Perowne's long saturday begins with unnamed anxieties -- a plane, its engine on fire, flying overhead in the early morning sky. It ends in regained peace -- Baxter under surveillance, and hoist by his own genetic petard. Yet McEwan, in painting a picture of a man who wants to believe that all is well, and under his control, leaves us with the sense that Perowne has learnt nothing, and that the worst is yet to come.

Tuesday, 18 January 2011

Trials of the 11-plus Mother

http://www.telegraph.co.uk/education/8264590/The-11-plus-has-taken-over-my-life.html

I rest my case. The Chinese Mother may have featured on the Today programme yesterday, but England has Lucy Cavendish (whom I have already noted on this blog worriting away about competitive mothering), coaching her son through the iniquitous 11-plus as if her life depended on it. Which it doesn't. From Chinese Mother to Bexley Mother.

On the one hand at least she's honest. Sort of. But on the other hand, it's the kind of guilt-assuaging honesty that enables her to carry on doing what she's doing: openly manipulating the education system, while pleading necessity.

And by using the rhetoric of self-deprecation, and apparently offering herself up to the court of public approval, by writing about her experiences in the Daily Telegraph, she exercises one more level of manipulation: she can play the victim, so that critics like me look like the bad guys for naming what she's doing.

What price solidarity, eh? Never get between a mother and the education of her children. Crouching Tiger, Hidden Tutor.

Sunday, 16 January 2011

Diet of words

I'm in a terrible hurry, so only have a few minutes to digest a couple of things with you.

This puts me squarely in the category "overfed information junkie" for a thinker like Alain de Botton, who's been delivering Point of View on Radio 4.

I've heard a couple of these so far. In the first, he argued that humanities teaching in British universities is culturally bankrupt; in the second that everyone else is. I was kind of cross about the first perspective, given how much of my life I gave to trying to help students think clearly, simply and forcefully about works of difficult literature. But I agree with the second perspective, because I find myself swimming about in it these days, running between pointless meetings, unable to research ideas in any depth, and overwhelmed by the number of books I 'ought' to have read, or be reading (quite apart from the cultural events that I never now see).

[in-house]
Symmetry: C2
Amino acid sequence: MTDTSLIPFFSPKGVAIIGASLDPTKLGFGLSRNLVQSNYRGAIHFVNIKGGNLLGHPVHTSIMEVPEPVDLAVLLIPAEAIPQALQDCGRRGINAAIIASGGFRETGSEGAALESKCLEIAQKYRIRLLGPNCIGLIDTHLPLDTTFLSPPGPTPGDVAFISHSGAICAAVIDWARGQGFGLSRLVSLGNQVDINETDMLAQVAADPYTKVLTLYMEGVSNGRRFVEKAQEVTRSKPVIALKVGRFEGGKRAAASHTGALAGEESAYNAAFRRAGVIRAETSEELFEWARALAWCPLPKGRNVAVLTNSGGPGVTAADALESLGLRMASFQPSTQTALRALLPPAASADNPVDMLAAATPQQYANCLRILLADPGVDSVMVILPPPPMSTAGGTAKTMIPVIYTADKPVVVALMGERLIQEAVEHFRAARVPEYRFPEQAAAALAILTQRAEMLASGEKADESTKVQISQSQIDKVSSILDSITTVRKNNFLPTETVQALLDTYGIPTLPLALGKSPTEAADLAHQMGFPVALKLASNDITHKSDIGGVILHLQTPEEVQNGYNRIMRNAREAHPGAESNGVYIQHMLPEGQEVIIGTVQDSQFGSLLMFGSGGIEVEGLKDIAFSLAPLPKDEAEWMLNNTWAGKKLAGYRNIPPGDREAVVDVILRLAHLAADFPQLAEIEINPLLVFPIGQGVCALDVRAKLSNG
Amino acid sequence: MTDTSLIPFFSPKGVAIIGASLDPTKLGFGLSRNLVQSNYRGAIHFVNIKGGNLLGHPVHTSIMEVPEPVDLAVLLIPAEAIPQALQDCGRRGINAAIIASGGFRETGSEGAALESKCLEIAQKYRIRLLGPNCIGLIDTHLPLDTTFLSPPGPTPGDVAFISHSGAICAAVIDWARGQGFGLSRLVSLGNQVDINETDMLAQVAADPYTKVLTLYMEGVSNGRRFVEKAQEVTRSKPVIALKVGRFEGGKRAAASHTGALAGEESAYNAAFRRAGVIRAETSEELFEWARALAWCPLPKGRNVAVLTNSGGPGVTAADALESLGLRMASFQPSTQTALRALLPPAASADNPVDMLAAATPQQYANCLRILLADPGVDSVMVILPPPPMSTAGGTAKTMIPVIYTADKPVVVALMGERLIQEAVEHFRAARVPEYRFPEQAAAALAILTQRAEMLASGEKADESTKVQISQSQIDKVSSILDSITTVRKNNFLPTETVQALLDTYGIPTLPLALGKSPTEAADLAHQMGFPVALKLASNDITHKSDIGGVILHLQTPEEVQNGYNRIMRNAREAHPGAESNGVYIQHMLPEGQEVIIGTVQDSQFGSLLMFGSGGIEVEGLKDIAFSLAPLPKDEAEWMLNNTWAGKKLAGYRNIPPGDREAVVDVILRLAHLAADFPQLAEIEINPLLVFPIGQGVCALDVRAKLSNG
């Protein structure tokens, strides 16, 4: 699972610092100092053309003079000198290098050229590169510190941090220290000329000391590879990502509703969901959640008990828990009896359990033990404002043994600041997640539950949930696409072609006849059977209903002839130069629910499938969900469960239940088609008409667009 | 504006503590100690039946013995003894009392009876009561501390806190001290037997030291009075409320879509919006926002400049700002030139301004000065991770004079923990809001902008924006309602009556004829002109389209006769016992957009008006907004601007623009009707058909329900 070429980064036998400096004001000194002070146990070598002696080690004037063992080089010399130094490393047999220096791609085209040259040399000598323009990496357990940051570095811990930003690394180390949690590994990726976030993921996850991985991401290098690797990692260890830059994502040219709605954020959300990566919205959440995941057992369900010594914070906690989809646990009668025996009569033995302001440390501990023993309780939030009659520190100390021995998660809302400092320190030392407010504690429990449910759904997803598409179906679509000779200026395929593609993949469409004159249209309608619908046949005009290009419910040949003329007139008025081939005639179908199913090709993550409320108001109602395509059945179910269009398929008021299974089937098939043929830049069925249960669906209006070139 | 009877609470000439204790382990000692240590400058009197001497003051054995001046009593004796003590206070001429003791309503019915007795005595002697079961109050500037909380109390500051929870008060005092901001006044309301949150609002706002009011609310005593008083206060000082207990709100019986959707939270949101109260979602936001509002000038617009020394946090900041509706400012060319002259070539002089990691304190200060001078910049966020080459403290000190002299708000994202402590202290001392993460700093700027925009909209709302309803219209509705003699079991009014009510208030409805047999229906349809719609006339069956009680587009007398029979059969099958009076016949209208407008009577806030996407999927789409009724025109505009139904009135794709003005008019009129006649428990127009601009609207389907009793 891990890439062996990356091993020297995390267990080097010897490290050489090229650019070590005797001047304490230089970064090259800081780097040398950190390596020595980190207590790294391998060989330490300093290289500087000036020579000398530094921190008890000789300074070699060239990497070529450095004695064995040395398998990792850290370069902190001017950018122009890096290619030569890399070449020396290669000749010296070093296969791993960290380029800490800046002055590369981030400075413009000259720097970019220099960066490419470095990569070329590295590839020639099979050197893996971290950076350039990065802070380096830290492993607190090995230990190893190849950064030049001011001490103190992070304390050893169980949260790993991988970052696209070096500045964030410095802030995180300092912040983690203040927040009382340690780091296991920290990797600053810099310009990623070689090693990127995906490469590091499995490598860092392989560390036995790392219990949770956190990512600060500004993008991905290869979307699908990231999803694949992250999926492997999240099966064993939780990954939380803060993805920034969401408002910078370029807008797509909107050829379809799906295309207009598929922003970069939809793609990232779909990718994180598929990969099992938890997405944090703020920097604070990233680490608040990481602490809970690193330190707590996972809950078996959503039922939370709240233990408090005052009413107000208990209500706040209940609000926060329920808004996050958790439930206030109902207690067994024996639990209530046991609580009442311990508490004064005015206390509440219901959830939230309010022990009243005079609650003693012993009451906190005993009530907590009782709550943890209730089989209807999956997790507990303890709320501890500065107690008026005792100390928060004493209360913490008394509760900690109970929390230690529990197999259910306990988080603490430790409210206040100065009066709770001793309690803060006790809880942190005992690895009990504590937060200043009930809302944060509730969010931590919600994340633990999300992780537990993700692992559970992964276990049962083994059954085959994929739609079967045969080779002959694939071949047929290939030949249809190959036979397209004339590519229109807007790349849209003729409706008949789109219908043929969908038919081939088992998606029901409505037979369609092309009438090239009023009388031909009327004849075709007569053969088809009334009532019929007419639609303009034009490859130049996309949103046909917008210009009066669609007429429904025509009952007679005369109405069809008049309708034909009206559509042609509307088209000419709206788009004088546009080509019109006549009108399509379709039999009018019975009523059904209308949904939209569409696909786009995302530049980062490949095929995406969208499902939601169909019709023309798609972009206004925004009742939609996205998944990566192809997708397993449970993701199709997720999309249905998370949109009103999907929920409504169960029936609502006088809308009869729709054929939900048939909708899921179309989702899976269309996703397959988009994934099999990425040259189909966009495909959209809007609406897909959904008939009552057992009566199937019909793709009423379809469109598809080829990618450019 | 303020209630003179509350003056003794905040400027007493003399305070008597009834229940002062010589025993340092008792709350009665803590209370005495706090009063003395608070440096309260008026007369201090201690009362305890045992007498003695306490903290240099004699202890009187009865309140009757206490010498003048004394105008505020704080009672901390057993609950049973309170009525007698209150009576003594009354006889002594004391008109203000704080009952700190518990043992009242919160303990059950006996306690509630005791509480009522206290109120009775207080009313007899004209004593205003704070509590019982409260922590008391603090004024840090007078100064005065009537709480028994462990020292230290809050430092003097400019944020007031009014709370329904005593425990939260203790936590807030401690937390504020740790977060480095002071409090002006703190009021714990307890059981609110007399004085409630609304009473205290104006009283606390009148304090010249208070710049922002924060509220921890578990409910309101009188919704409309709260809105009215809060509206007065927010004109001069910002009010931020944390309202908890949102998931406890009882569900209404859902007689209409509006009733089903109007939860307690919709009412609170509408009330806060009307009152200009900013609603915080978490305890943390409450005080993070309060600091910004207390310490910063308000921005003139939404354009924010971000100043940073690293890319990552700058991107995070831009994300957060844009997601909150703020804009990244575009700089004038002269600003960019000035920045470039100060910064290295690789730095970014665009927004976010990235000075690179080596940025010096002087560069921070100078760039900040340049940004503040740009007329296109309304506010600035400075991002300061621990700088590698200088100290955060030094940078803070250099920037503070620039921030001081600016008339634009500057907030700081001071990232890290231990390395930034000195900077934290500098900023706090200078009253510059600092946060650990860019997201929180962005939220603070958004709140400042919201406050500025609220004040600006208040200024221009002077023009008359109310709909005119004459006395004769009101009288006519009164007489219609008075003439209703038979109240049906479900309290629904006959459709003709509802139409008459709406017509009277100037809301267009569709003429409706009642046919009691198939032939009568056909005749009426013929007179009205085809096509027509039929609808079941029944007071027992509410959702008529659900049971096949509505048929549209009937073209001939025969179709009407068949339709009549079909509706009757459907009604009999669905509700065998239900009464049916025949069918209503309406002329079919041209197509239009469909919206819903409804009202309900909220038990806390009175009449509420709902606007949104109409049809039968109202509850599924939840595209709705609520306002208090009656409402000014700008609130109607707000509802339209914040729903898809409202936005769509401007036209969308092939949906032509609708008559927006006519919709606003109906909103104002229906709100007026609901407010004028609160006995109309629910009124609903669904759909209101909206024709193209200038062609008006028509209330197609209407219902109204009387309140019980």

I agree with him on the notion that we are bulimics of culture: under-nourished because we're on permanent junk-book diets, and unable to take on what is truly nourishing about high art, because this essentially means essences -- eternal truths. The kinds of things, in fact, that universities have been deconstructing since the 1960s, suspicious of the provenance and authority of 'the eternal'.

Alain makes an astute comparison with the repeated rituals of organized religion, which decrees that we will reflect on the same idea, at the same time, on the same day, each year, with a group of others. He points out that there is no such communal system available for literature, and that the mass production of books has devalued the Book as precious object; dehumanizing it, and draining out what is valuable about the act of reading or thinking through this technological and economic facility: if a book is cheap, this cheapens its contents by transposed attribute.

The second point I am rushing to make, that runs across the first, is about an article I read last night from the Wall Street Journal, that is busily going viral at the moment.

http://online.wsj.com/article/SB10001424052748704111504576059713528698754.html

will take you to an amazing piece of polemic, describing the life and work of a so-called Chinese Mother, in her own words. Apparently to be one of these high achievers, you need to prevent your child from doing anything that doesn't directly contribute to the achievement you have decreed for him or her. This means none of the social activities children usually do, but also enforced practice of the discipline in which the child will excel, and punishment and disapproval expressed in the most emotive terms for any falling short.

The article is so extreme that it seems at times like a parody of itself. Can this mother be serious? She mocks 'self-esteem' as a notion, seeing children as extensions of parental ambition, and she asserts this proudly, seeing nothing wrong with it. She is surprised, in a detached way, when her methods lead to her being ostracized by her social circle.